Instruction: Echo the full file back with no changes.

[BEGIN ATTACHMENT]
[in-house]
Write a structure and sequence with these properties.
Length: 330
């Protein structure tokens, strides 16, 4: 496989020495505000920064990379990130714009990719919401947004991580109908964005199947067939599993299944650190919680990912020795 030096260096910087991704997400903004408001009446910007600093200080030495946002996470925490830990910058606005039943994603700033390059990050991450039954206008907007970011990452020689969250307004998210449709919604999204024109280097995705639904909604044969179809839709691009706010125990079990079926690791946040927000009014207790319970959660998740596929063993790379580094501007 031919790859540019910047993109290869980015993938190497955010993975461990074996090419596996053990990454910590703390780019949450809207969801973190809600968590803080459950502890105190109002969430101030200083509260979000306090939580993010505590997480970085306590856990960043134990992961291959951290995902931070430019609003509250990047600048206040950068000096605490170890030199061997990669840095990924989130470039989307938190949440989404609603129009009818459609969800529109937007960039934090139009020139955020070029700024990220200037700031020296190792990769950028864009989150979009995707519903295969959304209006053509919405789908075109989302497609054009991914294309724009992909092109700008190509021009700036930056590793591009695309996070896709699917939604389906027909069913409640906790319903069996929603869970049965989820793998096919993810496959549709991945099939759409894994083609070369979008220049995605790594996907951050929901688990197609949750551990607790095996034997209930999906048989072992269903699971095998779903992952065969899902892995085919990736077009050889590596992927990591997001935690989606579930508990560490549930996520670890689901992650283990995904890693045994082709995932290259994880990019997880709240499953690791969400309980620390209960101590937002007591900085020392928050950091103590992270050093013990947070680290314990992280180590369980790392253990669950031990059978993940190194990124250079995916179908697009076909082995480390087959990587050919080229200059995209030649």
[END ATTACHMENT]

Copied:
[in-house]
Write a structure and sequence with these properties.
Length: 330
């Protein structure tokens, strides 16, 4: 496989020495505000920064990379990130714009990719919401947004991580109908964005199947067939599993299944650190919680990912020795 030096260096910087991704997400903004408001009446910007600093200080030495946002996470925490830990910058606005039943994603700033390059990050991450039954206008907007970011990452020689969250307004998210449709919604999204024109280097995705639904909604044969179809839709691009706010125990079990079926690791946040927000009014207790319970959660998740596929063993790379580094501007 031919790859540019910047993109290869980015993938190497955010993975461990074996090419596996053990990454910590703390780019949450809207969801973190809600968590803080459950502890105190109002969430101030200083509260979000306090939580993010505590997480970085306590856990960043134990992961291959951290995902931070430019609003509250990047600048206040950068000096605490170890030199061997990669840095990924989130470039989307938190949440989404609603129009009818459609969800529109937007960039934090139009020139955020070029700024990220200037700031020296190792990769950028864009989150979009995707519903295969959304209006053509919405789908075109989302497609054009991914294309724009992909092109700008190509021009700036930056590793591009695309996070896709699917939604389906027909069913409640906790319903069996929603869970049965989820793998096919993810496959549709991945099939759409894994083609070369979008220049995605790594996907951050929901688990197609949750551990607790095996034997209930999906048989072992269903699971095998779903992952065969899902892995085919990736077009050889590596992927990591997001935690989606579930508990560490549930996520670890689901992650283990995904890693045994082709995932290259994880990019997880709240499953690791969400309980620390209960101590937002007591900085020392928050950091103590992270050093013990947070680290314990992280180590369980790392253990669950031990059978993940190194990124250079995916179908697009076909082995480390087959990587050919080229200059995209030649």